“John the Rap-tist”: Just don’t.

The Voices as One compilation from WLP is not top-notch. One of my parishes draws heavily from it, and I’m afraid it hasn’t been a pleasure to play out of it. Too much syncopation, too many unsingable melodies, too much of a mess. (Think the first edition of Spirit and Song, then keep going.) It’s not a surprise that the third-biggest liturgical music publisher is kind of in a tough spot when it comes to coming up with contemporary music without having to pay for the better stuff OCP (and even GIA) can have.

But this is simply inexcusable.

I try to be as charitable as possible when I come across bad church music, and David Yackley’s “Prepare Ye the Way (John the Rap-tist)” certainly qualifies, if the subtitle to the song didn’t make it obvious off the bat. I try not to be overly negative, because it’s only by the grace of God that I don’t have some terrible day that someone calls me out on. Still, the sheer number of failures here makes it really tough and is such that it simply needs to be listed out and called out, because we can, we must do better. So here we go.

1. It’s rap. Obviously, what’s acceptable and appropriate for Mass is largely a matter of taste. But somewhere around 100% of us should agree that rap really isn’t. This is a rap song.

2. The lyrics. Seriously. With lyrics like “The buzz is the Cuz is the one to anoint,” it smacks of a terrible trying-to-hard-to-relate-to-kidsism. But wait. That was one line of verse 1. Here’s a chunk of verse 2:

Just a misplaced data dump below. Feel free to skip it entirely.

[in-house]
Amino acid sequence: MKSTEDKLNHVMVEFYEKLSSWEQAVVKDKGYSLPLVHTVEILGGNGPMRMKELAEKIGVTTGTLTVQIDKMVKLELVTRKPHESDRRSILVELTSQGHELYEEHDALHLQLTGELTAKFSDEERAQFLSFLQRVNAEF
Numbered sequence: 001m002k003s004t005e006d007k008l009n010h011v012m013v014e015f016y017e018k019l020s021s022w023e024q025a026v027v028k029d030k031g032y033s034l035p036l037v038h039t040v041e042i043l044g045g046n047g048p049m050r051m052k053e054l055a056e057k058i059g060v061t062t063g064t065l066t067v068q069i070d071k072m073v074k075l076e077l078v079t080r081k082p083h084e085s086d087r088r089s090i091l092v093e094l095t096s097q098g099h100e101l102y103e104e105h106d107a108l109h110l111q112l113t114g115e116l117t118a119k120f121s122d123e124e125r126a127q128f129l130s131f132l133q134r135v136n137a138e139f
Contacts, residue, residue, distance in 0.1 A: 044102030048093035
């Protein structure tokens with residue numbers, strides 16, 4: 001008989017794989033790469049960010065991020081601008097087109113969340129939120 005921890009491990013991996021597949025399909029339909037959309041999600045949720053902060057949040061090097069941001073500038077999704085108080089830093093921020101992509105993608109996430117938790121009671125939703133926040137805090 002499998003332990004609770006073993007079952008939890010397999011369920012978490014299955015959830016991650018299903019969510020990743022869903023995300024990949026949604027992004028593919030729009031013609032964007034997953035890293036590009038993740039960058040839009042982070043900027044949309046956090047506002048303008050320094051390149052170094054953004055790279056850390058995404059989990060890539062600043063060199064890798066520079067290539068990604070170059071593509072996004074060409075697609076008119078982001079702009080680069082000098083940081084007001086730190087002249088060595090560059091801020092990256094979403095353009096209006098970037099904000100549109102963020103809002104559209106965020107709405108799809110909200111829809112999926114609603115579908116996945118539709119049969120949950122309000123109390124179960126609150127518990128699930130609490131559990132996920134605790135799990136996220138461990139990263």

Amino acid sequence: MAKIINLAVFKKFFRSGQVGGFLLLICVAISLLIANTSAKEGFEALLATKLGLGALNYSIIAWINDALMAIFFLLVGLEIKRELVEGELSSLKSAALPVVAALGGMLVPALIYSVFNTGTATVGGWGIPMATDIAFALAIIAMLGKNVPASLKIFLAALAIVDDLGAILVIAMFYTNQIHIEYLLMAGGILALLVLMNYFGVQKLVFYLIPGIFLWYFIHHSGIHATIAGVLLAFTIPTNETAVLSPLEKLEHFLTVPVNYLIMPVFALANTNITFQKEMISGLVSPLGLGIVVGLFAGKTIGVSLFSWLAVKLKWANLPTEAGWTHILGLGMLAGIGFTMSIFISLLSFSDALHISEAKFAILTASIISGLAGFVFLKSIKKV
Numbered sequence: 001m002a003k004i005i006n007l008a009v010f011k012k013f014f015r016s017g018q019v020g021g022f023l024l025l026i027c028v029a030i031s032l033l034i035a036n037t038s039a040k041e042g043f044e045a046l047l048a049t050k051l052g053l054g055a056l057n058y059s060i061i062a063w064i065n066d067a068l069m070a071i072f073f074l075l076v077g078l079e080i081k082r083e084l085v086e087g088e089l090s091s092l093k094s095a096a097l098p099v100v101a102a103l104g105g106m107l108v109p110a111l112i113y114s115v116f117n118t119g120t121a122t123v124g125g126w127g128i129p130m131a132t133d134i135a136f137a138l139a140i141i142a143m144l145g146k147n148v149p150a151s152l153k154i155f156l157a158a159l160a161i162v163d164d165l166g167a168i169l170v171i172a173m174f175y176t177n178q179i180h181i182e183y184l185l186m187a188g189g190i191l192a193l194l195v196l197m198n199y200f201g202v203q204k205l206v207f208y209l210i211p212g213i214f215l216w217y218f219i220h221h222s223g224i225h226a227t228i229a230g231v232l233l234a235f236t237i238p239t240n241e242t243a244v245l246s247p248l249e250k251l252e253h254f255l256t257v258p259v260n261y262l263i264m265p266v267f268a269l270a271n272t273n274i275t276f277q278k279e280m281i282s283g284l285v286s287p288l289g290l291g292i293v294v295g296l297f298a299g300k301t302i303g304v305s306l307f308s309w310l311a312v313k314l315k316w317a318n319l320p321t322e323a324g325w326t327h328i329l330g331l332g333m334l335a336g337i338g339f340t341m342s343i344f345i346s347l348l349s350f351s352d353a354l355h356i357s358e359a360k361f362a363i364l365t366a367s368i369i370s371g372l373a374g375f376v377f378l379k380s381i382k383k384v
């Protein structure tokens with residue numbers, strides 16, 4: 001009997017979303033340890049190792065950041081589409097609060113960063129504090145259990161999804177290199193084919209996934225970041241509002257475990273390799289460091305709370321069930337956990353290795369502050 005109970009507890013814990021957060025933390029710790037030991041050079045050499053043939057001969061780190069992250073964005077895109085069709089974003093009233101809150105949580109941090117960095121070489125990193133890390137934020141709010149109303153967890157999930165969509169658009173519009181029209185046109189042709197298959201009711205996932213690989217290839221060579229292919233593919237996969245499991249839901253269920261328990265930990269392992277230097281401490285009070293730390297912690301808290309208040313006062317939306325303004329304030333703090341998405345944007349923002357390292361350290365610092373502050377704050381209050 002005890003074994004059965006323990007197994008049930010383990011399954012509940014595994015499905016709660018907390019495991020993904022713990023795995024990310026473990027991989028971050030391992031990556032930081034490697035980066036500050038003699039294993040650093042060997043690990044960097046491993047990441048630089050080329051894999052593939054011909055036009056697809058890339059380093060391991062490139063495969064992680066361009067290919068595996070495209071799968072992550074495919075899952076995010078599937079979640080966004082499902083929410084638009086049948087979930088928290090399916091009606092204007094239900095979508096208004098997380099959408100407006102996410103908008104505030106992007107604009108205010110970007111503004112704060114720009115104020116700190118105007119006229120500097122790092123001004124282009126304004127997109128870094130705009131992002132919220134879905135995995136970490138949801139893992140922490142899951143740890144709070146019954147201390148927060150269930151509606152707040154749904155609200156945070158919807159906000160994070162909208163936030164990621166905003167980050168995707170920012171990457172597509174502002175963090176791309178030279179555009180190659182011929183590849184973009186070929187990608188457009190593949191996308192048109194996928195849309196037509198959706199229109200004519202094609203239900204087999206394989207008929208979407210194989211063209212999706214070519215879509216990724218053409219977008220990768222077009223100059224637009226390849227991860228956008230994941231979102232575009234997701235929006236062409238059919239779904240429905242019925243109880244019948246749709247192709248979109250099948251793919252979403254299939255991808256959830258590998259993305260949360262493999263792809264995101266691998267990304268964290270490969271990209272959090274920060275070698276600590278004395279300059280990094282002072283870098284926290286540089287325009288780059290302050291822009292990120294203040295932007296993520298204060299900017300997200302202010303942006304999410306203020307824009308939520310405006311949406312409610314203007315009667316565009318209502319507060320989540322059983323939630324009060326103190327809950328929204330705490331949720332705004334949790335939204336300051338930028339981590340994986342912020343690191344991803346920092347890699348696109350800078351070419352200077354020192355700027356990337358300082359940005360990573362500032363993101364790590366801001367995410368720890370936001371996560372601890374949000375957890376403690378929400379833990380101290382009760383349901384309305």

But I’m a pinch hitter for the one who breathes fire

When I’m speakin’, don’t be freakin’

Be seekin’ the things you can be tweakin’

Plus, there are a couple statements that “Jesus is the man.” Also, the statement that John the Baptist is a “pinch hitter” is, well, completely wrong. He, uh, wasn’t. So there’s that.

3. 50 seconds of improvisational keyboarding at the end. Oh, come on. It’s a three-and-a-half-minute song, and the keyboarding doesn’t go anywhere. Just torturous.

So the question is: why does this happen? Look, bad songs are written all the time. The composer invariably thinks they’ve written a good song. But a good editor can figure out whether the song needs to be rejected in its entirety or can be saved with a few tweaks. So it’s incumbent on whoever edits Voices as One to figure out that this is not a good song.

So no, the responsibility here doesn’t really fall on David Yackley. If an editor figures out this song isn’t any good, he saves everyone time and trouble and gives Yackley valuable feedback toward writing a better song. But if an editor fails, we have a mess like this that serves no one well.


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